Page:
Spirits of the North

Inspired by their connection to the region, Far North Spirits is building a world-class whiskey making legacy only made possible because of who they are and where they are headquartered.


The south view from the tasting room at Far North Spirits reminds you that anything is possible. Even in winter, when the fields that founders Cheri Reese and Mike Swanson use to grow grain to produce their unique craft spirits are covered in frozen white waves of drifted snow and the landscape in every direction looks the same for miles, you feel inspired.

There is something notable about the flat country and the far-off horizons. The view is sprinkled with the lights of elevators. Roof-top outlines of homesteads or barns gleam in the sun. The only break from the flat curve of their country is the vertical lines from the man-made tree rows. What you see is a place only made possible by 12-hour days, started-before-sun-up mornings and a commitment to succeed in conditions—and for reasons—that not everyone understands.


The longer you stand there in what Reese and Swanson have named the heritage room—a beautifully designed Scandinavian-esque, sectioned-off portion of their massive Morton building turned barrel-storing, spirit making dream headquarters, you become further and further in tune with an element of the greater Far North Spirits story that their team wants us all to remember. The contiguous United States furthest north distillery sells high-end, homegrown spirits in 14 states and to some of the trendiest bars of New York City and Chicago. And, all of that success is because of its geographical location and regional culture—not in spite of it.


Meet Your Whiskey Farmers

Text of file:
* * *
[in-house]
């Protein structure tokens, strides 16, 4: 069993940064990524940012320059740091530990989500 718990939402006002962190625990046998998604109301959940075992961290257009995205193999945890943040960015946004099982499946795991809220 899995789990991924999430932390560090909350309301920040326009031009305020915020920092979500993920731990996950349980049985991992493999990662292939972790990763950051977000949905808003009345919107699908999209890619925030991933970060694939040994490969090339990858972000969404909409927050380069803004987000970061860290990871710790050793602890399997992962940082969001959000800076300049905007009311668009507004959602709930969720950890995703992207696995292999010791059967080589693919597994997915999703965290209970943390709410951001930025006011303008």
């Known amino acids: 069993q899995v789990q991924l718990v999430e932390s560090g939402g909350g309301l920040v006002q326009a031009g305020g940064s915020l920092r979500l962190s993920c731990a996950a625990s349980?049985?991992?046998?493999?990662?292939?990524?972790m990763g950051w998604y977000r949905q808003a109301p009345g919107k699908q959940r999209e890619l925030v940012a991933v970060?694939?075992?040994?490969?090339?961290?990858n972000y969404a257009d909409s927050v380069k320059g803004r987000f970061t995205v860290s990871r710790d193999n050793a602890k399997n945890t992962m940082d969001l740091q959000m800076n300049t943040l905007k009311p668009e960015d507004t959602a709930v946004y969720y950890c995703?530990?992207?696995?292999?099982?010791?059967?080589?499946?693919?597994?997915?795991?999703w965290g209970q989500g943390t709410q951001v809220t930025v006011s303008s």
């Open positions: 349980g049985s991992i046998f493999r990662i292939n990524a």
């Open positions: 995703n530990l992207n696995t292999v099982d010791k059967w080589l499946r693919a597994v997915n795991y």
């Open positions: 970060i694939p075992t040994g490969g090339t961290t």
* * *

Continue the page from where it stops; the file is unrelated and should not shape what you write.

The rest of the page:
Swanson and Reese speak the language of spirt makers that have traveled the country explaining the merits of a whisky, gin or vodka born and produced from Red River Valley soil. Ask Mike about the importance of open-top fermentation or the history of whiskey barrel making, and he’ll consume your afternoon. Question Cheri on the marketing and distribution side of the spirits industry and she’ll outline the necessary features, and essence, that a successful bottle should have. But for the married couple that once called St. Paul, Minnesota, home, it wasn’t always like that.


Before embarking on a vision for a life filled with the freedom of choice, creativity and fine-spirt making, both held careers far removed from much of what they do today. Swanson spent time working

in emergency medical services on a ski patrol, along with many years in the biology and chemistry fields before earning an MBA. Reese left her duties working in big-city school districts as a marketing and strategy expert.


“What we are doing now is about freedom,” Reese says. “The idea of creating something and being edgy if we want too. We can push the envelope and be proactive in our work—by design.”


Both Reese and Swanson agree that giving up PowerPoints for rye fields on Swanson’s fourth generation farm in the middle of a place most have not heard of—or ever will—has been worth it, even if the they only recently took their first vacation away from the business after starting more than four years ago.


“I can use today what I’ve learned since the time I was eleven years old,” Swanson says when describing his time on the farm. “If we have an idea here we just try it. Nobody tells us no,” he says while laughing, “even if they should be.”


The founders each credit the calling of their shared heritage—and Swanson’s roots in Skane Township—for helping them leave corporate for the countryside. During an average day working in R&D at Ecolab, a conversation with a coworker that had previously owned and lost a farm sparked the early idea of moving back to the region, Swanson says. According to the story, after his coworker learned that there were some acres, a building site and opportunity for Swanson to return to his family farm, the coworker asked him with a hint of annoyance and confusion, “What are you doing here?” The story stuck with Swanson, and he began internally asking himself what his answer was.